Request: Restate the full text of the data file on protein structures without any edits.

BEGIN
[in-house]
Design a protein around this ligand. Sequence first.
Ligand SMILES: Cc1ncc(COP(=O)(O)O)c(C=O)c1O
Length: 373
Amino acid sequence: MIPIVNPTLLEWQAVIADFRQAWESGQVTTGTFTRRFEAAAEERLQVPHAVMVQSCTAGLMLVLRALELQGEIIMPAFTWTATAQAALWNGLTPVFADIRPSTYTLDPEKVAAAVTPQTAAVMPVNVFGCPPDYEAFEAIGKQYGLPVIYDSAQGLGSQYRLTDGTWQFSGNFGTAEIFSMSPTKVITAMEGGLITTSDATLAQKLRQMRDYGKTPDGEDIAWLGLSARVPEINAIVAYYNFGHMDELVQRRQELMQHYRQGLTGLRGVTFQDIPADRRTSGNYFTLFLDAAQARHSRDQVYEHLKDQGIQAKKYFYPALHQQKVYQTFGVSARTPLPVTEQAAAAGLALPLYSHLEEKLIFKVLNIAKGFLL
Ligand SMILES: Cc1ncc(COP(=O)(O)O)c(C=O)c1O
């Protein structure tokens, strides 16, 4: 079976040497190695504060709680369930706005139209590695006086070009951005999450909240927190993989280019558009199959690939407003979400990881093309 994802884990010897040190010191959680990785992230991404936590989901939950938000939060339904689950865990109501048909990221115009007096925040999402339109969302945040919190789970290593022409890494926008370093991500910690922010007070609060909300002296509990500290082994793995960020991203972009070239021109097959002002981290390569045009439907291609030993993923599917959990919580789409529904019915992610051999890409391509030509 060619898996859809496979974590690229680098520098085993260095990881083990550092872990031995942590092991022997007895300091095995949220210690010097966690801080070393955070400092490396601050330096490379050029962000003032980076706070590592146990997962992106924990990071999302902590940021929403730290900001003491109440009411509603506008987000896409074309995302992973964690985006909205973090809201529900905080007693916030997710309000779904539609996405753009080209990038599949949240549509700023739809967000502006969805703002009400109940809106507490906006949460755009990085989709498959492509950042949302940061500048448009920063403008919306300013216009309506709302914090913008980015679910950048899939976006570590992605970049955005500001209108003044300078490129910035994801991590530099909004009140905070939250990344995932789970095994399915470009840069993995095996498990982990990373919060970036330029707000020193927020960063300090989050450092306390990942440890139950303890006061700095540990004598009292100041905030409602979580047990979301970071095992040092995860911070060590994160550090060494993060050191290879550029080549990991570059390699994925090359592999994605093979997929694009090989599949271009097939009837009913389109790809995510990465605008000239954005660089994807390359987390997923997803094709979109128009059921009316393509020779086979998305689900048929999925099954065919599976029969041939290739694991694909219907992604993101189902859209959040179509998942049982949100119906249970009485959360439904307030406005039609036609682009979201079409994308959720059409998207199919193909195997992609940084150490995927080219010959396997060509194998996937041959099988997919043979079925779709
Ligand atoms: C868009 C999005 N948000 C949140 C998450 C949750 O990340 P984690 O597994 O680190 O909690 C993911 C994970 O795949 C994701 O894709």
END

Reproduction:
[in-house]
Design a protein around this ligand. Sequence first.
Ligand SMILES: Cc1ncc(COP(=O)(O)O)c(C=O)c1O
Length: 373
Amino acid sequence: MIPIVNPTLLEWQAVIADFRQAWESGQVTTGTFTRRFEAAAEERLQVPHAVMVQSCTAGLMLVLRALELQGEIIMPAFTWTATAQAALWNGLTPVFADIRPSTYTLDPEKVAAAVTPQTAAVMPVNVFGCPPDYEAFEAIGKQYGLPVIYDSAQGLGSQYRLTDGTWQFSGNFGTAEIFSMSPTKVITAMEGGLITTSDATLAQKLRQMRDYGKTPDGEDIAWLGLSARVPEINAIVAYYNFGHMDELVQRRQELMQHYRQGLTGLRGVTFQDIPADRRTSGNYFTLFLDAAQARHSRDQVYEHLKDQGIQAKKYFYPALHQQKVYQTFGVSARTPLPVTEQAAAAGLALPLYSHLEEKLIFKVLNIAKGFLL
Ligand SMILES: Cc1ncc(COP(=O)(O)O)c(C=O)c1O
């Protein structure tokens, strides 16, 4: 079976040497190695504060709680369930706005139209590695006086070009951005999450909240927190993989280019558009199959690939407003979400990881093309 994802884990010897040190010191959680990785992230991404936590989901939950938000939060339904689950865990109501048909990221115009007096925040999402339109969302945040919190789970290593022409890494926008370093991500910690922010007070609060909300002296509990500290082994793995960020991203972009070239021109097959002002981290390569045009439907291609030993993923599917959990919580789409529904019915992610051999890409391509030509 060619898996859809496979974590690229680098520098085993260095990881083990550092872990031995942590092991022997007895300091095995949220210690010097966690801080070393955070400092490396601050330096490379050029962000003032980076706070590592146990997962992106924990990071999302902590940021929403730290900001003491109440009411509603506008987000896409074309995302992973964690985006909205973090809201529900905080007693916030997710309000779904539609996405753009080209990038599949949240549509700023739809967000502006969805703002009400109940809106507490906006949460755009990085989709498959492509950042949302940061500048448009920063403008919306300013216009309506709302914090913008980015679910950048899939976006570590992605970049955005500001209108003044300078490129910035994801991590530099909004009140905070939250990344995932789970095994399915470009840069993995095996498990982990990373919060970036330029707000020193927020960063300090989050450092306390990942440890139950303890006061700095540990004598009292100041905030409602979580047990979301970071095992040092995860911070060590994160550090060494993060050191290879550029080549990991570059390699994925090359592999994605093979997929694009090989599949271009097939009837009913389109790809995510990465605008000239954005660089994807390359987390997923997803094709979109128009059921009316393509020779086979998305689900048929999925099954065919599976029969041939290739694991694909219907992604993101189902859209959040179509998942049982949100119906249970009485959360439904307030406005039609036609682009979201079409994308959720059409998207199919193909195997992609940084150490995927080219010959396997060509194998996937041959099988997919043979079925779709
Ligand atoms: C868009 C999005 N948000 C949140 C998450 C949750 O990340 P984690 O597994 O680190 O909690 C993911 C994970 O795949 C994701 O894709």